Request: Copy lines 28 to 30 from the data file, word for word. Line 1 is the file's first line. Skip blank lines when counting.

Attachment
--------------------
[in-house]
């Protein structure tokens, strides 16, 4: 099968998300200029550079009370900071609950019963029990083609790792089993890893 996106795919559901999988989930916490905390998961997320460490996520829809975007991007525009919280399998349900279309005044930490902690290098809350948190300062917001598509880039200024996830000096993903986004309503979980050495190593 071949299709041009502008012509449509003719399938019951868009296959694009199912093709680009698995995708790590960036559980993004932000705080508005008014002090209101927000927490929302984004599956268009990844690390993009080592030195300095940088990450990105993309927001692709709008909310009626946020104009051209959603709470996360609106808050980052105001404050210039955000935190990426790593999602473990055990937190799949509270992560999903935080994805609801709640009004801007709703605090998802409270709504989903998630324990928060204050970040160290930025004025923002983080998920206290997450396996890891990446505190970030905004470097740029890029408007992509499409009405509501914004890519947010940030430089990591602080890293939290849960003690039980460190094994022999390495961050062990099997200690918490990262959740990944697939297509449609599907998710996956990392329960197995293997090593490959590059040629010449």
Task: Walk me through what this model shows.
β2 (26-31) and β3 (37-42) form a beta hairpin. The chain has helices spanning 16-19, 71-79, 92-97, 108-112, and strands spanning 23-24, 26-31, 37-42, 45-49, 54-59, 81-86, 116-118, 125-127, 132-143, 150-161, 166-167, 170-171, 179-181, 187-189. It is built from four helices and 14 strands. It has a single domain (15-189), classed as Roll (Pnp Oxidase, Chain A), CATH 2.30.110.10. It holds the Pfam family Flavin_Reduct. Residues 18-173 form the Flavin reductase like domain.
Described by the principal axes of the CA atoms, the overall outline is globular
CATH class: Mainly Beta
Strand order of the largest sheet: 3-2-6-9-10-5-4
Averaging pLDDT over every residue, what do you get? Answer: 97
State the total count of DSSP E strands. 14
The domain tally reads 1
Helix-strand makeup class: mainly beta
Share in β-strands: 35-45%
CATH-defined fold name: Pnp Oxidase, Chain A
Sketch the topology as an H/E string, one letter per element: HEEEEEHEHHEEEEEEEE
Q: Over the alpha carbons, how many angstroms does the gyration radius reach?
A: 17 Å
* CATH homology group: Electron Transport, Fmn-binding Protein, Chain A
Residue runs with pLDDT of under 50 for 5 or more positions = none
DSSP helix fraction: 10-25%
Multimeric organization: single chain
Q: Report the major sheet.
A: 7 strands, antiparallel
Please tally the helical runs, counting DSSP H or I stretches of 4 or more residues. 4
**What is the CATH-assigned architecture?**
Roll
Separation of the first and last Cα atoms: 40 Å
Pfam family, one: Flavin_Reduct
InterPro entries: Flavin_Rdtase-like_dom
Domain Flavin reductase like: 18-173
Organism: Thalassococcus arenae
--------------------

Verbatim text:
InterPro entries: Flavin_Rdtase-like_dom
Domain Flavin reductase like: 18-173
Organism: Thalassococcus arenae